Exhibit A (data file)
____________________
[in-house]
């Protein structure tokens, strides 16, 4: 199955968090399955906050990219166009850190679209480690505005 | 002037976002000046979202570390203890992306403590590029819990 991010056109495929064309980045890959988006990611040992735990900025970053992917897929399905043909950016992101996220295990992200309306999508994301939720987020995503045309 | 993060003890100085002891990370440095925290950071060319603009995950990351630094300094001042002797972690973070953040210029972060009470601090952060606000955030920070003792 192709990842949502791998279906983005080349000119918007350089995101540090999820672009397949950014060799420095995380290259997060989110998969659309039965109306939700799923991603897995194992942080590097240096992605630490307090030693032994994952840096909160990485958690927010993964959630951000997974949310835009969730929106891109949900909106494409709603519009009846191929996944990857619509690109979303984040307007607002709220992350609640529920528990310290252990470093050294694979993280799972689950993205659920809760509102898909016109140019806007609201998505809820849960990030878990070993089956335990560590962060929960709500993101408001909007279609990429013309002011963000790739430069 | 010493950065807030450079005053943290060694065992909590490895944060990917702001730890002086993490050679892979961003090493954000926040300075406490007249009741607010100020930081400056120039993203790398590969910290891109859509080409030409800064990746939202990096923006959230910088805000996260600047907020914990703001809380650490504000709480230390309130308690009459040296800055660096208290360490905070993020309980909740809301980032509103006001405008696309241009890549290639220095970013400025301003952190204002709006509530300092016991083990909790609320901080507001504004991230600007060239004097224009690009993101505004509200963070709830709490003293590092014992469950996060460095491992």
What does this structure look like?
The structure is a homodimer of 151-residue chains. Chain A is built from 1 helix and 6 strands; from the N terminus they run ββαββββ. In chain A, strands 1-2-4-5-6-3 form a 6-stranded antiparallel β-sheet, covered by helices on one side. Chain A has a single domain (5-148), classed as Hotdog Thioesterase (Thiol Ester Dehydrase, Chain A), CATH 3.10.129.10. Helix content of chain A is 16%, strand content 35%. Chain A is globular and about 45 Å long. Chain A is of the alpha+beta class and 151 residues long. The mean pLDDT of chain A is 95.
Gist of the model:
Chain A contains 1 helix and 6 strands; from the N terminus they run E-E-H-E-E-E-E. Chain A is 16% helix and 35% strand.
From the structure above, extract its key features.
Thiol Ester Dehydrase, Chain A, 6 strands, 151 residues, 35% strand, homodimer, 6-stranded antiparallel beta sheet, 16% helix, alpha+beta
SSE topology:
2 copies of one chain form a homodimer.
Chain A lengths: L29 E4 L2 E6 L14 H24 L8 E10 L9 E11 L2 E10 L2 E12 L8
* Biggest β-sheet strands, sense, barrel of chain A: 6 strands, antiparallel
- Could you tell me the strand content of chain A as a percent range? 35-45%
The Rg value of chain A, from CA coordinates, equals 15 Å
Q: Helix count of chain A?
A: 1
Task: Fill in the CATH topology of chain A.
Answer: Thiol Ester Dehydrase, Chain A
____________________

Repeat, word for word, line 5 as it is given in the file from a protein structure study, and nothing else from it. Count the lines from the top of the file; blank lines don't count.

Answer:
Gist of the model: